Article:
Please use this identifier to cite or link to this item: http://hdl.handle.net/11434/837
Title: Private sector surgical training: Feasibility through the lens of appendicectomy.
Epworth Authors: Yap, Raymond
Cullinan, Mark
Keywords: Surgical Education
General Surgery
Medical Training
Clinical Education
Surgical Training
Private Healthcare
Private Sector
Private Sector Training Programs
Training Positions
Appendicectomy
Feasibility
Registrars
Department of Surgery, Epworth Healthcare, Victoria, Australia
Clinical Education and Simulation, Epworth Healthcare, Victoria, Australia
Issue Date: 2016
Publisher: Wiley
Citation: ANZ J Surg. 2016 Jun 9
Abstract: BACKGROUND: Training in medicine and surgery has been a public hospital responsibility in Australia. Increasing specialist training needs has led to pressure on speciality societies to find additional training posts, with one utilized solution being the establishment of private hospital training. This growing use has been despite no previously published evaluations of private hospital training in Australia. This article seeks to evaluate the feasibility of surgical training in private hospitals in appendicectomy. METHODS: Data were prospectively collected on registrar involvement in appendicectomy cases at a single private tertiary institution over 1 year. These data were divided into groups according to registrar involvement and analysed, looking at training caseload, operating theatre time and complications. RESULTS: A total of 122 cases were analysed over the study period. Registrars were more likely to have increased primary operator responsibility if they were an accredited versus unaccredited registrar (P = 0.04) and if the case was open versus laparoscopic (P < 0.001). There was an increase of 15% in total procedure time when the registrar was involved (P = 0.04). There was no significant difference in complications whether the registrar was involved or not. CONCLUSION: Training in the private sector in Australia appears feasible, with a small loss of efficiency and no increase in complications. This article hopes to further encourage implementation and evaluation of private sector training programs to expand current training positions. Further studies, in different specialty and procedural domains, are needed to assess and evaluate the ongoing feasibility of private sector training.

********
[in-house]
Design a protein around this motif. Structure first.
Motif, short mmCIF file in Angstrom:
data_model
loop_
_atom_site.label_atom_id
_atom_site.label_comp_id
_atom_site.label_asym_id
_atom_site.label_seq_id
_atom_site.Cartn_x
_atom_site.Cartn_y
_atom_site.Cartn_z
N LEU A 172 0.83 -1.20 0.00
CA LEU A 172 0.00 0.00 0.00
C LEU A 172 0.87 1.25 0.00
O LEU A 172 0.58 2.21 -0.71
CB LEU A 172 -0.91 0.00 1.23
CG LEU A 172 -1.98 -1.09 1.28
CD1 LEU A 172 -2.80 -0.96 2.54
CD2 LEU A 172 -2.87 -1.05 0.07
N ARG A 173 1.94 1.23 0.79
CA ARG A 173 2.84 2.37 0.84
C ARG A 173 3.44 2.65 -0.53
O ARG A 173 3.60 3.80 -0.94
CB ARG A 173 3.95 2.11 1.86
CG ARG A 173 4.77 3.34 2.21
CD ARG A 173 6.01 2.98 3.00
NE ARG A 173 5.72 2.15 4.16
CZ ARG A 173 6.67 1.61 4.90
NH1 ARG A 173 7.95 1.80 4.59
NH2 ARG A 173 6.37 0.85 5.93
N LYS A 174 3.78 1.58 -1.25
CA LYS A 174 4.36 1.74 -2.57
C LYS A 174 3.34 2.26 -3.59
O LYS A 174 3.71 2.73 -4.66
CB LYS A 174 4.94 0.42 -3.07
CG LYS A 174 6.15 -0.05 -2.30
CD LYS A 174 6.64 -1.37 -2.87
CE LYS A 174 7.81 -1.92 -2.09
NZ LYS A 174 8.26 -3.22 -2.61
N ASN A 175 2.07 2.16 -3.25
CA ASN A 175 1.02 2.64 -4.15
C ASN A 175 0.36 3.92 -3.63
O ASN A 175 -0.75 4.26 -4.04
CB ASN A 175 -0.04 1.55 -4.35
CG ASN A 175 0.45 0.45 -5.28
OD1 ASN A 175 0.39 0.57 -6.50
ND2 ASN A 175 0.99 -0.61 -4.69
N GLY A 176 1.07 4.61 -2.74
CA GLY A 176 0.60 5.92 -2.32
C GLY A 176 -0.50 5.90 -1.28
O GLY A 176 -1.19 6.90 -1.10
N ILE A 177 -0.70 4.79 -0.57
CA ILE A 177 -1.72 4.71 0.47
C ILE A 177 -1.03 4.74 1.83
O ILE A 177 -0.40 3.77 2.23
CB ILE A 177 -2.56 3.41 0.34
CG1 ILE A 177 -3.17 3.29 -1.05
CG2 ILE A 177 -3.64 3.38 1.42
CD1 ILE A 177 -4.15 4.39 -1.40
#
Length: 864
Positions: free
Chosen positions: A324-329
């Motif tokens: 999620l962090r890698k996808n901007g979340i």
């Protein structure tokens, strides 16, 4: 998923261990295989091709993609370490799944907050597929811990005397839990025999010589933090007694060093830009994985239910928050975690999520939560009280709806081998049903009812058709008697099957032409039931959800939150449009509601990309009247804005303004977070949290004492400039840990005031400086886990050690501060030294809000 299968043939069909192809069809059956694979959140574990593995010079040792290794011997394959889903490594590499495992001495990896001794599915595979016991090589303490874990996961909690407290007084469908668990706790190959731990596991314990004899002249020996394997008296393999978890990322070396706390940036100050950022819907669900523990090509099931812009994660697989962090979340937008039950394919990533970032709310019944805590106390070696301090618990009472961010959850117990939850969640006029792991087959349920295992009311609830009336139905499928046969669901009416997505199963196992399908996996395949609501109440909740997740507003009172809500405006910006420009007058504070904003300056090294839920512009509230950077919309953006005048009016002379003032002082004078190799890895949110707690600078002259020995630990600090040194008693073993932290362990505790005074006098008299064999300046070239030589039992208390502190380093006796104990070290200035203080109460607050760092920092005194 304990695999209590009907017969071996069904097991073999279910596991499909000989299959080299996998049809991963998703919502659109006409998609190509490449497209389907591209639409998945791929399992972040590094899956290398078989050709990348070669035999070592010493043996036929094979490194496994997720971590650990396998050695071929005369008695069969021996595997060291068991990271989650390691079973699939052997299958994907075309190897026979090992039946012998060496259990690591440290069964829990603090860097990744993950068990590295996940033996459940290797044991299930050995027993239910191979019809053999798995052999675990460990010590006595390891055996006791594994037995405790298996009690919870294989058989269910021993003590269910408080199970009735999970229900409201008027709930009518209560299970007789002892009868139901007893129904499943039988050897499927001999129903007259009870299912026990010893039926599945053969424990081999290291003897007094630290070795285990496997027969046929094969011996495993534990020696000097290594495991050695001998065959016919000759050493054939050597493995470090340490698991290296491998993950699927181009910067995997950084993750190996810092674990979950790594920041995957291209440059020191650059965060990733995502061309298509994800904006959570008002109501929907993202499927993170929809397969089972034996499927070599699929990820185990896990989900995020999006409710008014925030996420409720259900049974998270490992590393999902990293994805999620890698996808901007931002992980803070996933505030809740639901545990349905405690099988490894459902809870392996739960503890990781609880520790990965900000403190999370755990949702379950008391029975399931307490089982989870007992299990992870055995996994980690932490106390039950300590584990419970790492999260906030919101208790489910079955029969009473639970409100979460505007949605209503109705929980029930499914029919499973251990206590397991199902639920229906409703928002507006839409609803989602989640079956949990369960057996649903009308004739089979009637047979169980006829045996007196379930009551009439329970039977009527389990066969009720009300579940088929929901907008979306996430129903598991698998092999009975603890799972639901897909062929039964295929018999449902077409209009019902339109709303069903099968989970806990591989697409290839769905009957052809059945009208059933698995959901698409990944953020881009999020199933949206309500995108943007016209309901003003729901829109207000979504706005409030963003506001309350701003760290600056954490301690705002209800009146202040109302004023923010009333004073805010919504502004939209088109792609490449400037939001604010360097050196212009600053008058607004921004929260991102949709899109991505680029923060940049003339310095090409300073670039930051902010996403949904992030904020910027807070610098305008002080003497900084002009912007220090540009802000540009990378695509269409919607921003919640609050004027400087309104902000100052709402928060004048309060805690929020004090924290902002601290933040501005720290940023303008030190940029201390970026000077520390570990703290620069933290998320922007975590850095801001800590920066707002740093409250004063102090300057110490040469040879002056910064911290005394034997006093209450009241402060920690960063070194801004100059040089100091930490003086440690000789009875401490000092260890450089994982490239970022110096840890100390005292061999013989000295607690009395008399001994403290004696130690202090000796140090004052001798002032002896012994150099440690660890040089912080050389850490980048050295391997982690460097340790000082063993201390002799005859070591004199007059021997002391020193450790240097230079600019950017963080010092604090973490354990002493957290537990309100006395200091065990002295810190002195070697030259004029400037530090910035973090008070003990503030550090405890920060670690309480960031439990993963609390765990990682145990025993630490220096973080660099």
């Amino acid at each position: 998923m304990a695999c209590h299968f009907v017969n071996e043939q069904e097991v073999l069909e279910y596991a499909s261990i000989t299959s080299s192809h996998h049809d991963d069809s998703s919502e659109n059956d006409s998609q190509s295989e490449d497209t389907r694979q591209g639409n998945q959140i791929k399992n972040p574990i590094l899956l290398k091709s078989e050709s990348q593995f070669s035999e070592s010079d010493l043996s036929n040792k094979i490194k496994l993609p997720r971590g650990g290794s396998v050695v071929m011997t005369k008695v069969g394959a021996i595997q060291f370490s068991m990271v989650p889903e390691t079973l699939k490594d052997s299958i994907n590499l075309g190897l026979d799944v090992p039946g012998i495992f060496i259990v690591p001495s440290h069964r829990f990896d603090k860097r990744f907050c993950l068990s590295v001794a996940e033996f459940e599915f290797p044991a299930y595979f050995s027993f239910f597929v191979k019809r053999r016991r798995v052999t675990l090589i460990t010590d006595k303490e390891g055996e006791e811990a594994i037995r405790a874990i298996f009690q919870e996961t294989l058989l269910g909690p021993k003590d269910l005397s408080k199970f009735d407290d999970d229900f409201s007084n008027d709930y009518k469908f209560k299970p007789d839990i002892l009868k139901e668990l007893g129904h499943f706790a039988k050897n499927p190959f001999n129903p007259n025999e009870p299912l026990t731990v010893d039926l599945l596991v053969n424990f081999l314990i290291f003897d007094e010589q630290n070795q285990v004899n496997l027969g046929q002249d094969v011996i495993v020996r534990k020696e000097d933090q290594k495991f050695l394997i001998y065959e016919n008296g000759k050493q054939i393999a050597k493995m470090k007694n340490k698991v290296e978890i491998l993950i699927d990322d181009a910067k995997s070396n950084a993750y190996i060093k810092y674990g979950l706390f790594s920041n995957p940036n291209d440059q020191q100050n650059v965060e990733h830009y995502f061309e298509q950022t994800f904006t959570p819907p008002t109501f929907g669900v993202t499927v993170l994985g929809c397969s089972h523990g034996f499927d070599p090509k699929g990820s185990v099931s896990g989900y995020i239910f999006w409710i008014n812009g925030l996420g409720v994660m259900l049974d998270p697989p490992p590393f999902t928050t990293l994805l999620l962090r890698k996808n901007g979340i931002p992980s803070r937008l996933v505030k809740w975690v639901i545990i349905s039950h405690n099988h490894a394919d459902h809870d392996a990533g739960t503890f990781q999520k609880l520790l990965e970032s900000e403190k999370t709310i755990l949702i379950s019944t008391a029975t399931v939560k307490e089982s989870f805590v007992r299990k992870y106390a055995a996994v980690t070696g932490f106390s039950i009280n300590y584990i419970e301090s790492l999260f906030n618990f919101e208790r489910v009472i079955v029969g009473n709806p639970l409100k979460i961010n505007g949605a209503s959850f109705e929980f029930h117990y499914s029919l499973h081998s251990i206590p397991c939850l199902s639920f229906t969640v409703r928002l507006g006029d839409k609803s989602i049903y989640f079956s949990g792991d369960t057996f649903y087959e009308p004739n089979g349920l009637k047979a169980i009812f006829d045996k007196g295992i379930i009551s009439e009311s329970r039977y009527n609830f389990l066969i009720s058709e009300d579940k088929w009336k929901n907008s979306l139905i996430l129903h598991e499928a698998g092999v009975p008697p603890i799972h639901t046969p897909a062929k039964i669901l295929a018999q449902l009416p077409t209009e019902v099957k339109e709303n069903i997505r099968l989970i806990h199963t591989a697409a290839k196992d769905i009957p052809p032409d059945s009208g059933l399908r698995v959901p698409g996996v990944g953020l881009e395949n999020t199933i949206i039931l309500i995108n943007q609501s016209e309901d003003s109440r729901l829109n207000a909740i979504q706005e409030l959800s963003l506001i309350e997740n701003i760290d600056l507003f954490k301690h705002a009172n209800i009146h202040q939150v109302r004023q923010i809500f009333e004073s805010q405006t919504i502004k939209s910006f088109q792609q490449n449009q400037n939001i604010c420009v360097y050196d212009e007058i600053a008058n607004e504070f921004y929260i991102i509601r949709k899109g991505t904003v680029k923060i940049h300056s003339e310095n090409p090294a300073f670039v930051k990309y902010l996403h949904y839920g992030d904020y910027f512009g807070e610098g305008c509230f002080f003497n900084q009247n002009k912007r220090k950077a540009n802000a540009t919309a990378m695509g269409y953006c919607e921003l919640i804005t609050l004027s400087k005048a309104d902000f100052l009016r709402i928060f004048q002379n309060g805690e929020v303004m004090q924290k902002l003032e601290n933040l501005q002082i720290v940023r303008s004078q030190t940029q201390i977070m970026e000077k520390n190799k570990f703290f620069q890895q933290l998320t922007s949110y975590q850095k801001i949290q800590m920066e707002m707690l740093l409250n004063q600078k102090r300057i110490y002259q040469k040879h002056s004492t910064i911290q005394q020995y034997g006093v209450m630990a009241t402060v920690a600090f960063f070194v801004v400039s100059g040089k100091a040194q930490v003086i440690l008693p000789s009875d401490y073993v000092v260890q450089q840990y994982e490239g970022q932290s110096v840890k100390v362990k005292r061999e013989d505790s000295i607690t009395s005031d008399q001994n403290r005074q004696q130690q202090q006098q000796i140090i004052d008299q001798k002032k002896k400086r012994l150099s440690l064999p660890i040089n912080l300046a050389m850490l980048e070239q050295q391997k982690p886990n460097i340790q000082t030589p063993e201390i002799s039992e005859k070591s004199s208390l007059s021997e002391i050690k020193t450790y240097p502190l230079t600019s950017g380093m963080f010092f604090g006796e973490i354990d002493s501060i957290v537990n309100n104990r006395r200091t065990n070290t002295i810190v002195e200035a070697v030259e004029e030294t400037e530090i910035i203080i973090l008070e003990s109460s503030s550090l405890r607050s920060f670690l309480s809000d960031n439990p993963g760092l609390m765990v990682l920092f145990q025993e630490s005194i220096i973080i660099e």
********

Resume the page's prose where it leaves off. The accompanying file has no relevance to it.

URI: http://hdl.handle.net/11434/837
DOI: doi: 10.1111/ans.13511
PubMed URL: https://www.ncbi.nlm.nih.gov/pubmed/27283519
ISSN: 1445-2197
Journal Title: ANZ Journal of Surgery
Type: Journal Article
Affiliated Organisations: Department of Surgery, The University of Melbourne, Melbourne, Victoria, Australia.
Department of Surgery, Monash Medical Centre, Melbourne, Victoria, Australia.
Department of Surgery, Monash University, Melbourne, Victoria, Australia.
Royal Australasian College of Surgeons
Type of Clinical Study or Trial: Prospective Study
Appears in Collections:Clinical Education & Simulation

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